Today, Tuesday the 8th of June, saw the arrival of two replacement triple glazing units, to swop out the defective windows. They had internal scratches between the layers of glass panes so it must have been caused during manufacturing processes, but a third window had a scratch on the outer surface and the glass people declined to swop that one out but on the other hand, did provide a small pot of glass polishing powder instead for us to polish the scratch away.
But before we could do any of this exchanging lark, we had to, on the previous day, work slowly and carefully to remove the oak beadings, four of them for each window and then unscrew the plastic brackets holding the glass unit in place. Next, we cut the security tape behind the glass and with the help of our neighbour and four large handles with suction cups managed to haul and man handle the very very heavy 117.93kg window (we found the weight on a label stuck on the edge of the unit!) and carefully got it onto our medium sized flat bed trolley we had adapted (again) to help hold and transport the glazing unit.
We got the two units collected together near the driveway, ready for the van’s arrival.
Finally, we spent several more hours cleaning the glue and the remains of the tape off the metal frame and got it all clean. We stuck on a fresh line of double sided sticky security tape ready to pull off the wax protective strip when we are about to put in the new Glass on the morrow.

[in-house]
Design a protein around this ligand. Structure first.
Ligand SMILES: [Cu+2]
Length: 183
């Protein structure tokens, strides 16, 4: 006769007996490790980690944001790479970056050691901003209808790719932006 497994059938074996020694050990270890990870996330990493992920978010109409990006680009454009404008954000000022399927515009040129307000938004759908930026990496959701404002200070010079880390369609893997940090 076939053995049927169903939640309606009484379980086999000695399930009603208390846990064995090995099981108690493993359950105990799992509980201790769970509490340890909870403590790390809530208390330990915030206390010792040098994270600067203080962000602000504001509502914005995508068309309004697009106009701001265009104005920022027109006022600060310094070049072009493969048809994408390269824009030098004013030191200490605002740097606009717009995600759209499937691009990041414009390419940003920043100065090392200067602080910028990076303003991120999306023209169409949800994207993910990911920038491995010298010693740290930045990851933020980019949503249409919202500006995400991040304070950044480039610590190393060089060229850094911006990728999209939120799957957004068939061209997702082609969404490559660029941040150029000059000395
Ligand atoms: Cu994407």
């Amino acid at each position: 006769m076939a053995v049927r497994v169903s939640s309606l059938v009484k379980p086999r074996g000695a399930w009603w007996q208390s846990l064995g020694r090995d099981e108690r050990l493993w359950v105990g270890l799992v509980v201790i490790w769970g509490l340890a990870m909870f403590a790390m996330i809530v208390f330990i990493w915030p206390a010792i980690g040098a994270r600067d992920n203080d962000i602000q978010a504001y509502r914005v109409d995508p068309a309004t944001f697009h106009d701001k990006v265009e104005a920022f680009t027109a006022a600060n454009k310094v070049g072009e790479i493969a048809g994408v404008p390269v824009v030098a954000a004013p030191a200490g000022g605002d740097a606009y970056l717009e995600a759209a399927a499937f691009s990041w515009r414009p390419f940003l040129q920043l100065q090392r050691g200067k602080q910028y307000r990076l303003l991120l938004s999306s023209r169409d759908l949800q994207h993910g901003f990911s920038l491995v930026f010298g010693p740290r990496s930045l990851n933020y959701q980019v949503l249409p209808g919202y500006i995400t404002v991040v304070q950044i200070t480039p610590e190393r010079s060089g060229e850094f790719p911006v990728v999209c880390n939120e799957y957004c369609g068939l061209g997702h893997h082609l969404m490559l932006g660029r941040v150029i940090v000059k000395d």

So this brings us to today, when the van arrived just after 9am (scheduled for after 10am) and we hastily got our worksuits on, grabbed our neighbour again and got the two new glazing units off the van, parked on up against the wall on a pallet and then loaded the old ones back into the van for them to take away and one assume that they will analyse the glass panes for their mistakes back at the factory.
Finally, we moved each of the new units to their window holes, reversing the process, with lots of grunts and managed to slip them home and stick them back onto the uncovered security tape. We secured all the plastic brackets back into place again and reattached the Oak beadings back on.
The third window with the scratch on the outside (we don’t thick we scratched it) we did after lunch.
We made a thick creamy paste of the cerium oxide polishing powder and dabbed the mixture onto a pre-soaked cloth wheel, fitted it to our electric drill and carefully buffed the scratch for about 30 minutes in total, stopping many times to spray the glass with water to cool the temperature down as much as possible, to avoid creating heat stresses and shattering the glass. We can’t show you the result because it’s not visible (grin)…
So this draws to the conclusion of our windows story, stretching back to last October, just over seven months ago when it all first started!! It got dragged out because of the Covid Saga! Phew!